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Book: “The House in the Pines” by Ana Reyes
Publishing Info: Dutton, January 2023
Where Did I Get This Book: I received an ARC from the publisher at ALAAC22.
Where You Can Get This Book: WorldCat | Amazon | Indiebound
Book Description: Maya was a high school senior when her best friend, Aubrey, mysteriously dropped dead in front of the enigmatic man named Frank whom they’d been spending time with all summer.
Seven years later, Maya lives in Boston with a loving boyfriend and is kicking the secret addiction that has allowed her to cope with what happened years ago, the gaps in her memories, and the lost time that she can’t account for. But her past comes rushing back when she comes across a recent YouTube video in which a young woman suddenly keels over and dies in a diner while sitting across from none other than Frank. Plunged into the trauma that has defined her life, Maya heads to her Berkshires hometown to relive that fateful summer–the influence Frank once had on her and the obsessive jealousy that nearly destroyed her friendship with Aubrey.
At her mother’s house, she excavates fragments of her past and notices hidden messages in her deceased Guatemalan father’s book that didn’t stand out to her earlier. To save herself, she must understand a story written before she was born, but time keeps running out, and soon, all roads are leading back to Frank’s cabin.…
Utterly unique and captivating, The House in the Pines keeps you guessing about whether we can ever fully confront the past and return home.
Review: Thank you to Dutton and ALAAC22 for providing me with an ARC of this novel!
It’s nuts to think that The ALA Annual Conference in 2022 was already almost half a year ago. I feel like I did a pretty okay job going through my ARCs and taking them on, and given that a few I grabbed were for early 2023, I did have some stragglers by the end of the year. One of those was “The House in the Pines” by Ana Reyes, which had been touted as an eerie thriller with a creepy as heck cover to boot. As someone who likes creepy cabins (“Evil Dead” really set the bar, be it the movies OR the musical), the cover alone commanded my attention. By the time I was diving in, long after the conference had ended, it didn’t take long to become invested even beyond the core concept and solid cover.
What I liked most about this book is that I wasn’t sure if it was going to ultimately be a horror story with potentially supernatural elements, or a very off kilter thriller that does, in fact, have a possibly plausible explanation. Where it ultimately ended up, I’m not quite sure, but the ride was pretty well worth it. I liked how we jumped through time in the narrative, seeing our protagonist Maya in the present day as she grapple with her past relationship with a man who may have killed her best friend. How, she isn’t sure, as Aubrey just dropped dead, and Frank was right there and seemingly did nothing. But Maya can’t shake the feeling that he did it, especially when she stumbles upon a viral video of ANOTHER woman just dropping dead, with Frank being present again. In the present we see her obsess and try to figure out how he could have pulled this seemingly impossible murder off. But then we jump to the past, and see how Frank manipulated, groomed, and influenced Maya at seventeen years old. It’s sometimes a bit jarring to see the two time lines so close to each other, especially since the jumps aren’t as predictable, but I liked the contrast and how it brings the story together.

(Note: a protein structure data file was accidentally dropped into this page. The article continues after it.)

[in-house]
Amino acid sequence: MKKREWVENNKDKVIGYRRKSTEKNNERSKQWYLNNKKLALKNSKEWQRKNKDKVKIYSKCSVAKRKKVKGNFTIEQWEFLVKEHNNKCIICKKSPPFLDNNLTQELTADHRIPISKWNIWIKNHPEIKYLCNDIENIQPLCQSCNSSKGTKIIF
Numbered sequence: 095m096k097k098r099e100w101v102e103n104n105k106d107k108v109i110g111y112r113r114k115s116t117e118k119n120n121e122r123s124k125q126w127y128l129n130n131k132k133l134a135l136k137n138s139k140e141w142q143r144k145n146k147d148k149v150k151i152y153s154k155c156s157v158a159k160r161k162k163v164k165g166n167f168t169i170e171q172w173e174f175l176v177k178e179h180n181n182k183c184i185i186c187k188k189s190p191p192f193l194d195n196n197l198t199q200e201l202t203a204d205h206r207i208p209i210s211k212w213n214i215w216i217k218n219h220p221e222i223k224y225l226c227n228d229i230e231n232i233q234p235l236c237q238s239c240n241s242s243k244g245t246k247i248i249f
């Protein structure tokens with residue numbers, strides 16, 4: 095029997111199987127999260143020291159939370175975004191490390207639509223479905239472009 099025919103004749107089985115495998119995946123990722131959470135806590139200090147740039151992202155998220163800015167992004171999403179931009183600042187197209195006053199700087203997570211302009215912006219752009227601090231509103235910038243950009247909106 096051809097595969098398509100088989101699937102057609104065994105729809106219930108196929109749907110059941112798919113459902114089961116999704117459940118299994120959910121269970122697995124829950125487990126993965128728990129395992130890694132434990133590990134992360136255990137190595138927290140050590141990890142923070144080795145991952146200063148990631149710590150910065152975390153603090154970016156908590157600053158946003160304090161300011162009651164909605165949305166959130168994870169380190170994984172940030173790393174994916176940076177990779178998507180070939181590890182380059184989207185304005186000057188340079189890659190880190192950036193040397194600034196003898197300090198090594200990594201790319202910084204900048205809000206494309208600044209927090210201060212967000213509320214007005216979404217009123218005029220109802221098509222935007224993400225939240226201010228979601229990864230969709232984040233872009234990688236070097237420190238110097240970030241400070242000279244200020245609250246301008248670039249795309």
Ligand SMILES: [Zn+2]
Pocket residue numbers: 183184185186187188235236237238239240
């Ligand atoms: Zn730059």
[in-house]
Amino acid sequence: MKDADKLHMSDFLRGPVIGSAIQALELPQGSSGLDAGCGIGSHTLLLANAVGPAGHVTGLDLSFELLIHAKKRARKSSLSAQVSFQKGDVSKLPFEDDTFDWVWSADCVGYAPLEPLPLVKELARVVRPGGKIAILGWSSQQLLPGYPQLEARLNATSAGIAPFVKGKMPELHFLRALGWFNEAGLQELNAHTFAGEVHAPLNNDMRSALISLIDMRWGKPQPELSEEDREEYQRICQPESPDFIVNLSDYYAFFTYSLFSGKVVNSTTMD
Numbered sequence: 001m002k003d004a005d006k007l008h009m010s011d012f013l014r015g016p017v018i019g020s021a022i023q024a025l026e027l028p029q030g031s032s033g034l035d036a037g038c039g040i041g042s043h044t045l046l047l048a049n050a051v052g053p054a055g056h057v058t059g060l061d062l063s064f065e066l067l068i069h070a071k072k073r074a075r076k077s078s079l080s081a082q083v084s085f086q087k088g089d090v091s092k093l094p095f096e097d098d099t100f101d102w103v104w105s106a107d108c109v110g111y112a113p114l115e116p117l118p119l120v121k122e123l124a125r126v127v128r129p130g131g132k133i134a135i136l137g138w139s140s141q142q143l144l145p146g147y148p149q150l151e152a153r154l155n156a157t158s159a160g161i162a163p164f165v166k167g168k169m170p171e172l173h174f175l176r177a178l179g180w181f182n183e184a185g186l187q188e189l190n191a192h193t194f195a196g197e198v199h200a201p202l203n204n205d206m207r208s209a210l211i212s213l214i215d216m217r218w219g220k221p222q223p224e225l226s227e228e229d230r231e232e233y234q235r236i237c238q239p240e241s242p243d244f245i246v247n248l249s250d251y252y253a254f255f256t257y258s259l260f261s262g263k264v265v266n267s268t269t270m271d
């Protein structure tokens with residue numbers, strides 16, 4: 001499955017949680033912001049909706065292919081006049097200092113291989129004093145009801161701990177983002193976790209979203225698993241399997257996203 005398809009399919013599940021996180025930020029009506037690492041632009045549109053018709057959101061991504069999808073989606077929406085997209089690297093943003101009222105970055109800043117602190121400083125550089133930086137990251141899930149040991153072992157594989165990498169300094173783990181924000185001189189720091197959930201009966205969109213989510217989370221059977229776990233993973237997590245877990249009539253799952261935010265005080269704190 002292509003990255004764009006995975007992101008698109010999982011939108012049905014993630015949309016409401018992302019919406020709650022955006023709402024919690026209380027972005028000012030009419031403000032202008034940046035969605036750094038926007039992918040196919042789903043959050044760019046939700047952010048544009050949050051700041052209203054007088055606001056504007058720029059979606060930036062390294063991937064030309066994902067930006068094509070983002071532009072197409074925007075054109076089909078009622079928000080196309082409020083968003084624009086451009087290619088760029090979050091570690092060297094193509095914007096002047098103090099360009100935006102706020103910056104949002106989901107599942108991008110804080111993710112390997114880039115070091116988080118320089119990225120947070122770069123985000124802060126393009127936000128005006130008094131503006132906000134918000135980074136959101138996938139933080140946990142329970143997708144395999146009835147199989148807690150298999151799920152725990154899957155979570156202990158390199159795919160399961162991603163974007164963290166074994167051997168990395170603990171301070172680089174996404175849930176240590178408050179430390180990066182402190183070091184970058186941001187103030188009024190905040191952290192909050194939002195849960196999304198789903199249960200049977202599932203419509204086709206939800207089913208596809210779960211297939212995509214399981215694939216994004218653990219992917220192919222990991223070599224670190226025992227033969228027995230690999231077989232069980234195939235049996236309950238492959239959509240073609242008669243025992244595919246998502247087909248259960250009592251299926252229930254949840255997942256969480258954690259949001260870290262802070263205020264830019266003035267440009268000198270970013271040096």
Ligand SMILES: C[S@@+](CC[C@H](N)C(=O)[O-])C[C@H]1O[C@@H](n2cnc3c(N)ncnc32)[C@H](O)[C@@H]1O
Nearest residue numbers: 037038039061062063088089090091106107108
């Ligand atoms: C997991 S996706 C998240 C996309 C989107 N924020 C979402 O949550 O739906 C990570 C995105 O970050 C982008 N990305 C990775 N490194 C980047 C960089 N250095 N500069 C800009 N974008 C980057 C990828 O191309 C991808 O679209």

As for the strange elements that I was referring to up-post, as to whether this is a horror story or a thriller, Reyes really knows how to make her pages and moments disorienting. I really couldn’t tell if I could at all trust what I was reading, and had to skip back a couple times here and there to re-read to make sure I was getting everything I was theoretically supposed to be getting. This is all, mostly, a positive and deliberate thing, as it is very much in control and doesn’t feel due to sloppy or haphazard writing. And ultimately, this book is less about the weird and disorienting things, and more about the fallout and trauma that Maya has experienced, and how that in and if itself can lead to disorientation. I think that my only qualm with all of this is that, because it’s more about that and less about Frank and true answers, the ending feels a bit drawn out and unresolved. I know that a lack of resolution definitely has its place in stories with themes such as these. But I think that for me the narrative would have benefited a bit from some more concrete answers and resolutions.
Overall, “The House in the Pines” is strange and twisty, with bleak but interesting themes. I will be very curious to see the reactions this one receives as more people read it, and I’m very curious to check out what Ana Reyes brings forth next.
Rating 7: Weird and upsetting with some intriguing twists, “The House in the Pines” is a solid way to start your thriller reading in 2023.
“The House in the Pines” is included on the Goodreads list “Latinx Mysteries and Thrillers”.